Award Date


Degree Type


Degree Name

Master of Science in Chemistry

First Committee Member

David Hatchett, Chair

Second Committee Member

Dong Chan Lee

Third Committee Member

Patricia Paviet-Hartman

Graduate Faculty Representative

Jacimaria Batista

Number of Pages



Rhenium was used as an analog for Technetium to study the electrochemical redox properties because the two elements share the same stable oxidation states in aqueous solutions. However, Tc-99 is radioactive and is not readily available for experimentation purposes. Molybdenum is also of interest because when Mo-99 is irradiated, the decay products are Tc-99m and Tc-99. Approximately 30% Tc-99m is eluted from the Mo columns for radiopharmaceutical use with the remaining Mo-99 source decaying to Tc-99 which is discarded as radioactive hospital waste. Currently there are no viable procedures for the reclamation of the radioactive Tc-99 from either fission streams or from the hospital waste. Investigating the electrochemical properties of Re and Mo are important for developing methodologies to increase the percent elution of Tc-99m, and ultimately improve reclamation procedures of the waste Tc-99. In this study RTIL solutions are utilized in place of aqueous solutions for the electrochemical analysis and deposition of both Re and Mo. In these studies the RTIL was used to eliminate the competitive side reactions associated with water, remove the acid dependence associated with the reduction of Re and Mo species, and extend the negative potential window such that reduction of the species to metal was achieved. The electrochemical and SEM results indicate that Re and Mo were reduced and deposited onto working electrodes. With the growing stores of hazardous technetium from the medical industry and nuclear fuel reprocessing, mechanisms for deposition and recovery are increasingly important. The studies outlined in this thesis defense increase our understanding of the electrochemistry of stable analogues, Re and Mo and in turn increase our understanding suggesting that the target recovery of Tc can be achieved using RTIL solutions.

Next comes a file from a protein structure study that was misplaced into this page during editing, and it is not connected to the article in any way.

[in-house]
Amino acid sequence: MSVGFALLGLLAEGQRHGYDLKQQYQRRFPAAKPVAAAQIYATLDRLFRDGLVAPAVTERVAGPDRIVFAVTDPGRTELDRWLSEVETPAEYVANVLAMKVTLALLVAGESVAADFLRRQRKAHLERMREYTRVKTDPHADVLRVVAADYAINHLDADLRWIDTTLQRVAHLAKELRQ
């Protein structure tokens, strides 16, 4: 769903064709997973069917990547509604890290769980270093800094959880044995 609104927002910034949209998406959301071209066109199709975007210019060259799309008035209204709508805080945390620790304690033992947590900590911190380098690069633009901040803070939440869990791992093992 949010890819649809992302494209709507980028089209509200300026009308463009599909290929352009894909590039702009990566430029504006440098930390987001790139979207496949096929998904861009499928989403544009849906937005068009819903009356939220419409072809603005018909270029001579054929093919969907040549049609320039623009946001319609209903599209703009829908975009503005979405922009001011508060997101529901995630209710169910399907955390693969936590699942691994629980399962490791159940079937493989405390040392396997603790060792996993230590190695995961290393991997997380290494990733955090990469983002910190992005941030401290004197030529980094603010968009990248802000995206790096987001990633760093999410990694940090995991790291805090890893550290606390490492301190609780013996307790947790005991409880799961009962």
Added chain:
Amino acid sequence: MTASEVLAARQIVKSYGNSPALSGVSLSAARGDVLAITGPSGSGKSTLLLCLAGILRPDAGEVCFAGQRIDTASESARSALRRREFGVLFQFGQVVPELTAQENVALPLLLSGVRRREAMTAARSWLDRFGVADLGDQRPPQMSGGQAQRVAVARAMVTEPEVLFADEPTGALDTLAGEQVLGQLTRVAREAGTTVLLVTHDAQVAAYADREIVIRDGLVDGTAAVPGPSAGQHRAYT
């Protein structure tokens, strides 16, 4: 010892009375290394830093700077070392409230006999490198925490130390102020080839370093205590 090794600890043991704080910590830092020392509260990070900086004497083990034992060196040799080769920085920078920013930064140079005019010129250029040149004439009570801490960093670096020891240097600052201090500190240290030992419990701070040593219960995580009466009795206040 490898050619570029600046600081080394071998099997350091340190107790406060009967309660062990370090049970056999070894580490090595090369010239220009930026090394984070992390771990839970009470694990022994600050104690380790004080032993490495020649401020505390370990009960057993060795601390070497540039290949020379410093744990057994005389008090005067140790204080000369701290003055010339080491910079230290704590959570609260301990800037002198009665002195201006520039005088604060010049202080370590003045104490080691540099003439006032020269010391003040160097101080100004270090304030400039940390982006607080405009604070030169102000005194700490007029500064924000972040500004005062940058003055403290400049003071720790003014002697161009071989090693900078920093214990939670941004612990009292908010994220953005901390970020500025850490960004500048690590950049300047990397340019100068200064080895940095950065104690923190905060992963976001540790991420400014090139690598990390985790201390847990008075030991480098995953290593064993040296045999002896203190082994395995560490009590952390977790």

Electrochemical analysis; Molybdenum; Radioactive wastes; Radiopharmaceuticals; Rhenium; Technetium


Chemistry | Medicinal-Pharmaceutical Chemistry | Physical Chemistry | Radiochemistry

File Format


Degree Grantor

University of Nevada, Las Vegas




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